Metamorphosis and the aesthetics of loss: I. Mourning Daphne –The Apollo and Daphne paintings of Nicolas Poussin

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Abstract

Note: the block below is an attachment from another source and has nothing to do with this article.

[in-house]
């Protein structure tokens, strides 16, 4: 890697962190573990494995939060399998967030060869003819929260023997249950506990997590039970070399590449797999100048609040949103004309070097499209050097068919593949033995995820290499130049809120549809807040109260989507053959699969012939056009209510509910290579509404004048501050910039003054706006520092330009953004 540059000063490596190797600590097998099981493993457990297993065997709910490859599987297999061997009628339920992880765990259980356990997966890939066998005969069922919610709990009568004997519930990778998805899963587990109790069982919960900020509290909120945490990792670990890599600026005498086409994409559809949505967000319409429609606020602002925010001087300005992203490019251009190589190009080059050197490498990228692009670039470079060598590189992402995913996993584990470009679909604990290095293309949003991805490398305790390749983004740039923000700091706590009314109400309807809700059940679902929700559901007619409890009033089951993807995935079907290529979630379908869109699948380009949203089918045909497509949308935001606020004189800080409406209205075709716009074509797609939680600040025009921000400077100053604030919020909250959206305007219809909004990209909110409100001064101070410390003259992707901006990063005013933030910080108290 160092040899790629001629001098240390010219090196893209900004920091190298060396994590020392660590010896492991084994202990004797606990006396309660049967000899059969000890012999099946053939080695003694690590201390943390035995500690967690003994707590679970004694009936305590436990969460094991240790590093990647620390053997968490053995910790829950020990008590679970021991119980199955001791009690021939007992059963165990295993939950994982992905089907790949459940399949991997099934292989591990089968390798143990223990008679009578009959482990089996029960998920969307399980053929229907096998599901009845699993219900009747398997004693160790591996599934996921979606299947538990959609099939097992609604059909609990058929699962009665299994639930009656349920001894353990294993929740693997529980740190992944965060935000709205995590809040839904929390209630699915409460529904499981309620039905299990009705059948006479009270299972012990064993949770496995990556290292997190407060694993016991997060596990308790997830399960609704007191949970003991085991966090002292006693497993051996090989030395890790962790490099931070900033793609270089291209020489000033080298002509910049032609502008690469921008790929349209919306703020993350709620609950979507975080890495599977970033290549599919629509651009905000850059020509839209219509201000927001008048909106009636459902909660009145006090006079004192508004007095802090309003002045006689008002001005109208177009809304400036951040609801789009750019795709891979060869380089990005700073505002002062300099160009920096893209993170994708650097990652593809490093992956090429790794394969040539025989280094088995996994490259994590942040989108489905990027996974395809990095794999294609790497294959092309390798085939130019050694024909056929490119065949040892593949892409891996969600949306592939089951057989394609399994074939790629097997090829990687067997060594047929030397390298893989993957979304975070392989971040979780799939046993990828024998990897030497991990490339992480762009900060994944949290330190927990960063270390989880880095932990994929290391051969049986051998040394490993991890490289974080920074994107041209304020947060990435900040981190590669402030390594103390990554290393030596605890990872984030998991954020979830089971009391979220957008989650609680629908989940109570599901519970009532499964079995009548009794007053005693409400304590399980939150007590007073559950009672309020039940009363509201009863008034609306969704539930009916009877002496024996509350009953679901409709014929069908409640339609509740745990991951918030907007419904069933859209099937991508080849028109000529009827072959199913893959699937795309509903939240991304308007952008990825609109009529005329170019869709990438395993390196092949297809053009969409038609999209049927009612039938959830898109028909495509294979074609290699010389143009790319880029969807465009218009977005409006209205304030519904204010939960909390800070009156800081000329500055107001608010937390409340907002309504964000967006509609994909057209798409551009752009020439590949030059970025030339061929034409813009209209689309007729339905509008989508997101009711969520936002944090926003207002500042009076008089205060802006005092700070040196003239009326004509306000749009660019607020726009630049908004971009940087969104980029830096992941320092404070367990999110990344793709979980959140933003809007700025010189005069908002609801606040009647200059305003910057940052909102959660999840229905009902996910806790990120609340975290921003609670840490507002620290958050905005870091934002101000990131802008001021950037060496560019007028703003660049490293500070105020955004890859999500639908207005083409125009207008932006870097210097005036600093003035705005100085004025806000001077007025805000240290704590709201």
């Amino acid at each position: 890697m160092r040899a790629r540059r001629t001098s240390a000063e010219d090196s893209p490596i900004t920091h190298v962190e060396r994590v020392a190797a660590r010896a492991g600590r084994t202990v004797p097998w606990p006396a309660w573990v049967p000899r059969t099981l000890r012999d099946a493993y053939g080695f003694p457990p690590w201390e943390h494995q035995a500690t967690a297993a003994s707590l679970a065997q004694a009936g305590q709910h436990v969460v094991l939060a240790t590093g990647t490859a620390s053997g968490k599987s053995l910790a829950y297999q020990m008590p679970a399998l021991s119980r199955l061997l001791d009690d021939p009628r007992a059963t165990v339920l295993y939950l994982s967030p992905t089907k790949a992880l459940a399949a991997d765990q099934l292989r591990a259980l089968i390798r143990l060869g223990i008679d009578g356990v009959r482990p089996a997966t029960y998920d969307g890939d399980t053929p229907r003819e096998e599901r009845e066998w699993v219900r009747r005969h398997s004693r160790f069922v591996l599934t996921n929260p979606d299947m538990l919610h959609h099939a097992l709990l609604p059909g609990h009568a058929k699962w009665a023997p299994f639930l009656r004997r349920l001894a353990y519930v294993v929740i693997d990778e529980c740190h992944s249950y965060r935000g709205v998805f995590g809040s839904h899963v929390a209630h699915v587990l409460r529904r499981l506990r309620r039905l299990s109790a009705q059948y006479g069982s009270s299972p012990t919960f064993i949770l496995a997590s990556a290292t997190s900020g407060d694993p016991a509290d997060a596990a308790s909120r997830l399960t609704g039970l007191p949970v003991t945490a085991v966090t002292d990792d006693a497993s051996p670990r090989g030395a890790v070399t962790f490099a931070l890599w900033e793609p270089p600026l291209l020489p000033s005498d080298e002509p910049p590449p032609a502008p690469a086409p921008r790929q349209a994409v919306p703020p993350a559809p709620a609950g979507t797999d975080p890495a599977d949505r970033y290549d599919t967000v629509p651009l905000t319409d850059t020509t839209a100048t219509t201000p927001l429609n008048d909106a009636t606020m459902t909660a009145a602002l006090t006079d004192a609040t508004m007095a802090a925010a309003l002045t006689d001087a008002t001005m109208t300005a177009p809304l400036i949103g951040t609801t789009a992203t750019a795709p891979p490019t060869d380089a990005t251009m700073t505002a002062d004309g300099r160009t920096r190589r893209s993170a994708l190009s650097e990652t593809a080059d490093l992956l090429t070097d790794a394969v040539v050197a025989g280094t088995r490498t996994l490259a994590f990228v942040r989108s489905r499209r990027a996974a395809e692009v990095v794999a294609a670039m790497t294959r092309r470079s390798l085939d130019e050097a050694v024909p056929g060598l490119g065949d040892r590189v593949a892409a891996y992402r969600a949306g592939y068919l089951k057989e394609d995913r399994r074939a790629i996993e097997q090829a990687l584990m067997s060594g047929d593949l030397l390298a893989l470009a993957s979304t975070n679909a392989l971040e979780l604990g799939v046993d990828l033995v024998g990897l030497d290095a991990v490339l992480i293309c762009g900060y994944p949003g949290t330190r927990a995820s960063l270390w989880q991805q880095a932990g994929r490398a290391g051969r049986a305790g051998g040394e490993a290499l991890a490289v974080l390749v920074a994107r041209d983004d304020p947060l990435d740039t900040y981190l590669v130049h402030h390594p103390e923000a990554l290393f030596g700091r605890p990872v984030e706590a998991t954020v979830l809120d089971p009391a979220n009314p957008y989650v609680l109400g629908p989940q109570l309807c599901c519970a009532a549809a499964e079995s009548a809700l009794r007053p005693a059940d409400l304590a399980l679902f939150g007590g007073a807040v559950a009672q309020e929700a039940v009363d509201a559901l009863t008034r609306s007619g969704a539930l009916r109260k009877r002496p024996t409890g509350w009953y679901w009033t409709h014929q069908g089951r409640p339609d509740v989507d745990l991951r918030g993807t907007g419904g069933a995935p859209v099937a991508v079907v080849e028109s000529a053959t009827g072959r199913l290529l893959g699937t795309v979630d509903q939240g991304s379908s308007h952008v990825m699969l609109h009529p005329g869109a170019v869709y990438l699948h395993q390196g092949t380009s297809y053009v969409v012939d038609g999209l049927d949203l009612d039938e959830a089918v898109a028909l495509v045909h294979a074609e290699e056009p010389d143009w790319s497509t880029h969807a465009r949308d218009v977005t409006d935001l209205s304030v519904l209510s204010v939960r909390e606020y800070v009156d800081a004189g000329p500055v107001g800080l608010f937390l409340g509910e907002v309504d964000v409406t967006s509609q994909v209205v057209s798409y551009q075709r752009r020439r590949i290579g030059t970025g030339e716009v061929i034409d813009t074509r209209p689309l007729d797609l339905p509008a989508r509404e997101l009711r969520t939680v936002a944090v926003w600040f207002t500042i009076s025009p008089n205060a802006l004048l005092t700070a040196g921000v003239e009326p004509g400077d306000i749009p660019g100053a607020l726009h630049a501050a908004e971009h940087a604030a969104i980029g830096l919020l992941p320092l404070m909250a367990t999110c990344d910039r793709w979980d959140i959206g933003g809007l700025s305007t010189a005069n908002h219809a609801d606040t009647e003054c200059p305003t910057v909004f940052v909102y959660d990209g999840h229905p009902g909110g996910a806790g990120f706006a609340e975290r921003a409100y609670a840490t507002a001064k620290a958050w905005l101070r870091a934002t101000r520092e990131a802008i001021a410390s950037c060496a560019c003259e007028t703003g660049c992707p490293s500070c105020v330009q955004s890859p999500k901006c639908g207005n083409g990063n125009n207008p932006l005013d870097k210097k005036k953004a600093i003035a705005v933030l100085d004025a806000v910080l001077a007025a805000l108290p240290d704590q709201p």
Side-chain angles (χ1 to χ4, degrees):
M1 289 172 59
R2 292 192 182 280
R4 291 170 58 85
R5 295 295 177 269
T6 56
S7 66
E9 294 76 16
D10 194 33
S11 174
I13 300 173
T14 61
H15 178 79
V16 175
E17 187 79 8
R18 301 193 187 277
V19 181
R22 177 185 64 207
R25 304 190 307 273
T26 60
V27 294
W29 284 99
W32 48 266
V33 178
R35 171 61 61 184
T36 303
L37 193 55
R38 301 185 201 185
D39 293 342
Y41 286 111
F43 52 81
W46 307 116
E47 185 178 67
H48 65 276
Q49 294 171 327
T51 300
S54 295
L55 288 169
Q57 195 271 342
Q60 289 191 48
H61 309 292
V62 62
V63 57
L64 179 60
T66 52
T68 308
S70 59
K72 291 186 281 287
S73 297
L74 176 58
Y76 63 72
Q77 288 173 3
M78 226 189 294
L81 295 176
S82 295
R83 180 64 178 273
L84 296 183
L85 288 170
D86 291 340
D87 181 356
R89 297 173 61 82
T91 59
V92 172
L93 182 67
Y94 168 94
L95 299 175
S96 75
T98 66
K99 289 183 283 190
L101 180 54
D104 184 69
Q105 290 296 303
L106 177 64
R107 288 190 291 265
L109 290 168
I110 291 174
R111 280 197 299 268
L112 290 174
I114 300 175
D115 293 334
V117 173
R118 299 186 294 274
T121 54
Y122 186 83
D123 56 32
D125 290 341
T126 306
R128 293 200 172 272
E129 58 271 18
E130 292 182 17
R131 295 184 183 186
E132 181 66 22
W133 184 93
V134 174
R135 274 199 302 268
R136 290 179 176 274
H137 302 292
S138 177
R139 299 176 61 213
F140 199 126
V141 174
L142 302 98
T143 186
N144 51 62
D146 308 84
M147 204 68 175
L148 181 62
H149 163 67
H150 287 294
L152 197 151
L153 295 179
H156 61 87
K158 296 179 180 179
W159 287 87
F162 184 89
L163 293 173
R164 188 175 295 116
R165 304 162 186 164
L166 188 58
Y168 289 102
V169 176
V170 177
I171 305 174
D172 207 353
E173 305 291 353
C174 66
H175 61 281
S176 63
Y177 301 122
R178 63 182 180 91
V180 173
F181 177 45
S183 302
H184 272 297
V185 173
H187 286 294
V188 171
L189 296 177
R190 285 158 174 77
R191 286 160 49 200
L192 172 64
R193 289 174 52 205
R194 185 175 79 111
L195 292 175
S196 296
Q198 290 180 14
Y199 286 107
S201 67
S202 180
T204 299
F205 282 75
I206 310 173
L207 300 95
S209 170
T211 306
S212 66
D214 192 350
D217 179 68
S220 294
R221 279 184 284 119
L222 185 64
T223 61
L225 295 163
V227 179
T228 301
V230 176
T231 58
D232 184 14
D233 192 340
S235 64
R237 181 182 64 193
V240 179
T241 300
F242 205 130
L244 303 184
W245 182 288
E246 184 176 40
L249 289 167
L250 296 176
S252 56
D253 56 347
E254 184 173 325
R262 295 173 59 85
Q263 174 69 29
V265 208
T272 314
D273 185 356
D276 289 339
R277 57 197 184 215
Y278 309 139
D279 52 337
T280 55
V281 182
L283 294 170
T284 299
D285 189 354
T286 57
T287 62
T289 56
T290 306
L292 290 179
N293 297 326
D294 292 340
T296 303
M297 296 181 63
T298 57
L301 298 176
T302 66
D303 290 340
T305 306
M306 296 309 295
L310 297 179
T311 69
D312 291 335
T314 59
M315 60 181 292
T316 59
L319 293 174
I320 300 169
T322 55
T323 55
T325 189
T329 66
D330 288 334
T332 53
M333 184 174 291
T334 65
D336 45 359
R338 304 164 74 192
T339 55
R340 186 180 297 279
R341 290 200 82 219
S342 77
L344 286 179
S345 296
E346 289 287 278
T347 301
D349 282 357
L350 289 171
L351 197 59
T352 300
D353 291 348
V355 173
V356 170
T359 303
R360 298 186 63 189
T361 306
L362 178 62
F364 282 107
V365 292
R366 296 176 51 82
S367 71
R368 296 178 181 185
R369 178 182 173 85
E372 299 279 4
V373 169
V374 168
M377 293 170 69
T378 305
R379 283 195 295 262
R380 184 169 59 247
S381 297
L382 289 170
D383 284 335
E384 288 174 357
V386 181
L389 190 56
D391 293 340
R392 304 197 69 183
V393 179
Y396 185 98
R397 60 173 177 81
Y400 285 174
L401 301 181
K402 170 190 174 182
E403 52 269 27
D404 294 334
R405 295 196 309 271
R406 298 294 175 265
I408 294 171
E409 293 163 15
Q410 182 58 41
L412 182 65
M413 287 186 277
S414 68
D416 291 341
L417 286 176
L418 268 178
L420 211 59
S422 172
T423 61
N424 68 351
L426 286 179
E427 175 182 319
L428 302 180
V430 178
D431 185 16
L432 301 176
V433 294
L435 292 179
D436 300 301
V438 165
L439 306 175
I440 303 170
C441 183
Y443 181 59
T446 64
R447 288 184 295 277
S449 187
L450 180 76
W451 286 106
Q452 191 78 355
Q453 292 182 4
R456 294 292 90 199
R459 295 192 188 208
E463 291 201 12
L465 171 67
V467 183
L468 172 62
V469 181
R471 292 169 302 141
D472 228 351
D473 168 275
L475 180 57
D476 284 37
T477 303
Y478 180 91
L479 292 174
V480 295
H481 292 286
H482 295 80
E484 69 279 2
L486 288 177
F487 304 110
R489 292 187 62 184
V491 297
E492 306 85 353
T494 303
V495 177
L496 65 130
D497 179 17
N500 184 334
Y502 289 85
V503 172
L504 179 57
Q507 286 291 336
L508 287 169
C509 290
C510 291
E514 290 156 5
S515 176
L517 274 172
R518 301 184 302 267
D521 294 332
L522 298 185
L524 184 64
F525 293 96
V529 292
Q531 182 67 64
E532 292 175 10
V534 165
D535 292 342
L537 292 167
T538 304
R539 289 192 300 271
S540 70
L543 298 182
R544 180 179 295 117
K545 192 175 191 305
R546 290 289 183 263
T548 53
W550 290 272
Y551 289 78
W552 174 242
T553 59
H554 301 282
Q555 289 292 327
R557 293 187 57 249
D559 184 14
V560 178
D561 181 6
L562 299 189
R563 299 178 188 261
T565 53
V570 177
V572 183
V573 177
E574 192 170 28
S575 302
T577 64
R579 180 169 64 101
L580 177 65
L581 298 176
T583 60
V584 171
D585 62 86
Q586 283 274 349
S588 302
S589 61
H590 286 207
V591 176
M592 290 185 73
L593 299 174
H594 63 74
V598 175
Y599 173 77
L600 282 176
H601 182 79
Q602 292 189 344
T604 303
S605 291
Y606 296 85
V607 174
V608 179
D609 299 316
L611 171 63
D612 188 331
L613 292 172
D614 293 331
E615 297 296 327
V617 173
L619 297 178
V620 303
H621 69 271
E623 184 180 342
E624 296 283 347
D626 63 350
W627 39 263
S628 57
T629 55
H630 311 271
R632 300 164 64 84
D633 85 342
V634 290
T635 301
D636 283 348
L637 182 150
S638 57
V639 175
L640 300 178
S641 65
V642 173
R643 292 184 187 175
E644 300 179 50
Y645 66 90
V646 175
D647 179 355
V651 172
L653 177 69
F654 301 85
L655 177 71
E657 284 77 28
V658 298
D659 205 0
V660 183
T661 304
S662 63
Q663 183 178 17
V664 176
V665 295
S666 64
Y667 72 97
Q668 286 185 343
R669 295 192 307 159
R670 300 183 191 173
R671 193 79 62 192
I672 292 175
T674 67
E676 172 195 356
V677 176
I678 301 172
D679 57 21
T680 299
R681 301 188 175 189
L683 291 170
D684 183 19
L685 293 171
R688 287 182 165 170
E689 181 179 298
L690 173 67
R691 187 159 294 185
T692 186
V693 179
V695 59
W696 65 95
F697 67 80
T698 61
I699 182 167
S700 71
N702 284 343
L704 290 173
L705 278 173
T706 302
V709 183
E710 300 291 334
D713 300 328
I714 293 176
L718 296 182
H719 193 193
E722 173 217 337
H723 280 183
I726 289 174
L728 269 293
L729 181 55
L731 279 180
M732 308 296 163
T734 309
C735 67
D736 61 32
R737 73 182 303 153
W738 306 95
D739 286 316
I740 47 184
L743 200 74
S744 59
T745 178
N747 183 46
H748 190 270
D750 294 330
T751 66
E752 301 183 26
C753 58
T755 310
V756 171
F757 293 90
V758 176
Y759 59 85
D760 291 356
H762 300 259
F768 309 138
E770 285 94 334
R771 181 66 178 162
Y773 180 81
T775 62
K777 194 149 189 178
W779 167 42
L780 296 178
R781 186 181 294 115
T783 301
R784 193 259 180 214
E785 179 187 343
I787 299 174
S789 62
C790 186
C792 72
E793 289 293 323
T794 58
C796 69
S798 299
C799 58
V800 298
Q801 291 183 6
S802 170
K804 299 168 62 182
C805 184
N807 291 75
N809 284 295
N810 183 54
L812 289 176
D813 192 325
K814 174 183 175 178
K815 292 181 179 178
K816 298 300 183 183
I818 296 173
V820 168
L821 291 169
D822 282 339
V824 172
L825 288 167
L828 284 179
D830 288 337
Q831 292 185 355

The myth of Apollo and Daphne, as told in Ovid’s Metamorphoses, is viewed through the self-referential eye of the seicento painter, Nicolas Poussin. Collectively, the tree-metaphoric myths are argued to metaphorically represent, mourn, and negate unbearable realities, including the developmental challenges of adolescence and adulthood – in particular, loss. Examined in the context of their aesthetic precedents and a close reading of Ovid ’s text, the two Apollo and Daphne paintings that bracket Poussin’s oeuvre are interpreted as conveying the conflict and ambiguity inherent to Ovid, as well as connotations more personal to the artist. The poetic and aesthetic reworking of the regressive, magical experience of metamorphosis restores it to the symbolic world of metaphor: for reparation, remembrance, and return.

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